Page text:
Diesel emissions problems: Getting the right diagnosis, and the right repair, on the first shop visit

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Updated Jan 2, 2022

There's good likelihood you know how the story goes. Code says a sensor is malfunctioning? Replace the sensor. Two weeks or two days later, same code, same sensor. Previous shop must have passed a bad part or otherwise messed up the install. Replace again, and hey, why don't we try X or Y until, some weeks later, as happened in the story of owner-operator John Osinga that my colleague Gary Buchs told earlier this year at Overdrive Extra, visual inspection reveals a mechanical issue. Turns out what seemed like a sensor malfunction wasn't really that at all.  

Hundreds or thousands of dollars later, eureka moments like these are cold comfort. Owner-operators who've experienced them like as not look back and wonder what they could have done differently to spur enterprising (or not so enterprising) mechanics toward an accurate diagnosis and repair the first time around. There's a lot to be said for picking your maintenance partners wisely, but there's more to it, too.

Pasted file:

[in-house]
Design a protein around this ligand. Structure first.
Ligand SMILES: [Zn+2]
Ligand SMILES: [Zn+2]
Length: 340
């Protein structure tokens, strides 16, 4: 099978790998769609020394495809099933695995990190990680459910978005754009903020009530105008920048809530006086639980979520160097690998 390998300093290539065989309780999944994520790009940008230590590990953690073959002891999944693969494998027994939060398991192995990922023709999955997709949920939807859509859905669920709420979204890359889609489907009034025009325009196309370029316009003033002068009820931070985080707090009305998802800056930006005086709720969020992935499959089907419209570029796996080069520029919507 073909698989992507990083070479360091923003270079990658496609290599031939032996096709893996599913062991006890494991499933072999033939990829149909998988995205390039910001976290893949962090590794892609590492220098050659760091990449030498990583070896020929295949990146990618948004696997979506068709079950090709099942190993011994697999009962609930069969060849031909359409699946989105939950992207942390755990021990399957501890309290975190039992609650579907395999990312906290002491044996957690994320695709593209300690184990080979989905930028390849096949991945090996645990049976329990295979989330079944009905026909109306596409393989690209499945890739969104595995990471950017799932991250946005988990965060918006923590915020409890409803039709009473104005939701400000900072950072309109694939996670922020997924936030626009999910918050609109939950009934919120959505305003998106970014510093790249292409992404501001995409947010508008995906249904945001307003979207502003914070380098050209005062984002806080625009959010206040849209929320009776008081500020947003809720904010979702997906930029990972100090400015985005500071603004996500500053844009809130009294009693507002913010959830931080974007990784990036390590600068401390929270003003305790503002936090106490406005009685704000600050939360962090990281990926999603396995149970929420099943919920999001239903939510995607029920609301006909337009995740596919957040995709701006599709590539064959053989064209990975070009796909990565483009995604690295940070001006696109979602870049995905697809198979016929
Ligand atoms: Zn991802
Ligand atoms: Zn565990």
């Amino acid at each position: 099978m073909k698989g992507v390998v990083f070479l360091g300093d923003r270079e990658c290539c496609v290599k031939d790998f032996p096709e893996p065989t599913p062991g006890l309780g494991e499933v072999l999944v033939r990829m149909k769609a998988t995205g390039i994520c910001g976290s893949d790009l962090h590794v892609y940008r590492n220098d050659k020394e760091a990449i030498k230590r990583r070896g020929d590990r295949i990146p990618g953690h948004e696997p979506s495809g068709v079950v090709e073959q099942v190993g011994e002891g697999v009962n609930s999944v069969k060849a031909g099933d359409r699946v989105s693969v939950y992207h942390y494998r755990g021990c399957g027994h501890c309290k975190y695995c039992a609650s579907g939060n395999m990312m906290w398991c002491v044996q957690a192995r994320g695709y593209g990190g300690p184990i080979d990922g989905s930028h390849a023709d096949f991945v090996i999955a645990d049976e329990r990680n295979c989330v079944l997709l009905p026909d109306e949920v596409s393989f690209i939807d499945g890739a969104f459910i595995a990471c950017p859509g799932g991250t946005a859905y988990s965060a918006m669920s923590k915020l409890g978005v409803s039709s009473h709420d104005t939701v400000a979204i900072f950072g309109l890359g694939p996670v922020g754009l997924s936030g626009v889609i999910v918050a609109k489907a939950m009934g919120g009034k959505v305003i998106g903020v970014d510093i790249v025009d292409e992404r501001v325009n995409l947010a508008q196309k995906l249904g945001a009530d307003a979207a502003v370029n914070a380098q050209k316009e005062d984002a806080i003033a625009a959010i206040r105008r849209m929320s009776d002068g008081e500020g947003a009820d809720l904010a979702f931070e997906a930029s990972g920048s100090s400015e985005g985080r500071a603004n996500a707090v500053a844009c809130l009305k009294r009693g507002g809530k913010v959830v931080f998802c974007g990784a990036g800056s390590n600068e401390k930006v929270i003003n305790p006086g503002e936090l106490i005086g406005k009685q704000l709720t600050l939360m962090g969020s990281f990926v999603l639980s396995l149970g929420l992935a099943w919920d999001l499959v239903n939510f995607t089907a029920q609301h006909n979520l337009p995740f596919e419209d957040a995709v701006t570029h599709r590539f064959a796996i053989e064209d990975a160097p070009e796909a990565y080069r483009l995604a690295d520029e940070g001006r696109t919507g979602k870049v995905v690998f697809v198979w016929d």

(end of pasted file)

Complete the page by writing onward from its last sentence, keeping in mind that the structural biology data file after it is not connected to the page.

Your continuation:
On today's edition of Overdrive Radio, a wide-ranging discussion intended in part to pick the brains of two diesel pros on these issues -- Bruce Mallinson of Pittsburgh Power and Gray's Garage owner Jeff Gray, both men with a wide breadth of experience that spans the evolution from purely mechanical engines through electronic controls and, now, increasingly complicated emissions controls. Much of the discussion is a re-air for the podcast audience of our live online broadcast Q&A held May 20, hosted by me and Buchs. Subjects range from the basic importance of fuel-filter changes to Pittsburgh Power's Max Mileage Fuel Borne Catalyst fuel treatment to ways to mitigate condensation in the exhaust system, exhaust leaks, phantom codes and much more. Take a listen: 

dealing with aftertreatment demons logoCatch the archived live webcast of the original discussion with Buchs, Mallinson and Gray via this link.